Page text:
What the Teen Choice Awards and Canadian Federal Election can teach us about doing the right thing.

By Amber Hudson

The Teen Choice Awards were on the other day. And as part of an, ahem, older demographic I found all the screaming beyond annoying (this from a mom who took her seven year old daughter to see One Direction at a crammed Rogers Center last night). But amidst all that hollering were the acceptance speeches where a fascinating theme emerged around being true to yourself and embracing who you are; that fitting in isn’t what matters and in fact being unique or even weird is okay. At a time when we discuss bullying openly in hopes to take away its power, this type of message is a good thing.

But one could argue all that positive discussion is a waste of time. Take one look at the Canadian Federal Election campaign and you’ll see we’re teaching these kids that being a bully will make you a leader. Imagine any political debate. Now replace the candidates with children. Would we allow our own kids to talk to each other that way? They shout, interrupt, sling insults and call each other names. They are rude, mean spirited and self-centred. In short, they are all bullies. Then there is the Conservative “He’s Just Not Ready” campaign against Justin Trudeau where they mock him, speak condescendingly and actually go so low as to make fun of his hair. It’s textbook bullying. (And don’t get me started on Donald Tru….I can’t even type it).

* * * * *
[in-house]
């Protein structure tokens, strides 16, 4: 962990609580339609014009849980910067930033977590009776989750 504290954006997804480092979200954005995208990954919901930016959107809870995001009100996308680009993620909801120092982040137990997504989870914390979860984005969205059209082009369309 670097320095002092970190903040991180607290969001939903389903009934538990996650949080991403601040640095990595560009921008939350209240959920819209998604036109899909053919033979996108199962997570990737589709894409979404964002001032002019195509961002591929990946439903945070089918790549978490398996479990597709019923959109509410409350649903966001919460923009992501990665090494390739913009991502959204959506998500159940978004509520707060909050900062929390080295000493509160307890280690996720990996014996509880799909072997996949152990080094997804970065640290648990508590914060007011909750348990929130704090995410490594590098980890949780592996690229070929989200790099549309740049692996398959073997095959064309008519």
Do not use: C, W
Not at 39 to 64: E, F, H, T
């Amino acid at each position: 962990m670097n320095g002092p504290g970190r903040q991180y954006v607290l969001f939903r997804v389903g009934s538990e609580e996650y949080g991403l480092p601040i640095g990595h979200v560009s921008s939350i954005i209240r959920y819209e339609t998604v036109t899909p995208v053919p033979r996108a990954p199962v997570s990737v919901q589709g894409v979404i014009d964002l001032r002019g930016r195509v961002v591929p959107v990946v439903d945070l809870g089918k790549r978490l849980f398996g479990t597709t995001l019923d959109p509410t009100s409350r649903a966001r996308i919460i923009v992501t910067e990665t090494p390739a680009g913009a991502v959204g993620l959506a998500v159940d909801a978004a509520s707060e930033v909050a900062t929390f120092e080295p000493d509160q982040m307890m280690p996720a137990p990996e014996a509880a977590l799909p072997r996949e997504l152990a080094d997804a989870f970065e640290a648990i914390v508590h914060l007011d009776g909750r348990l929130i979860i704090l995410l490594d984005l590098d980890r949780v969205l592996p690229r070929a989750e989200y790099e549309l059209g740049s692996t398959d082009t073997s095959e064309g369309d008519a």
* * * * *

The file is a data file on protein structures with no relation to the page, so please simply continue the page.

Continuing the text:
The lessons for brand leaders are:

  1. From the Teen Choice Awards: find a way to truly stand out and be different; to express your brand’s true self even if the rest of the crowd doesn’t get it. I think Skittles does a great job. Man, those ads are weird.
  2. From the Federal Election: ask yourself is winning at any cost worth it? Competition bashing is rarely a good approach as it makes neither brand look good. However Pepsi found a way to do it well. Remember this Pepsi ad? It works because Pepsi is saying as much about itself as it is about its competitor in a fun, cheeky way.

So, will the Conservative ads work? Sadly we think they will create enough doubt in Trudeau to be effective. But they shouldn’t feel proud of themselves.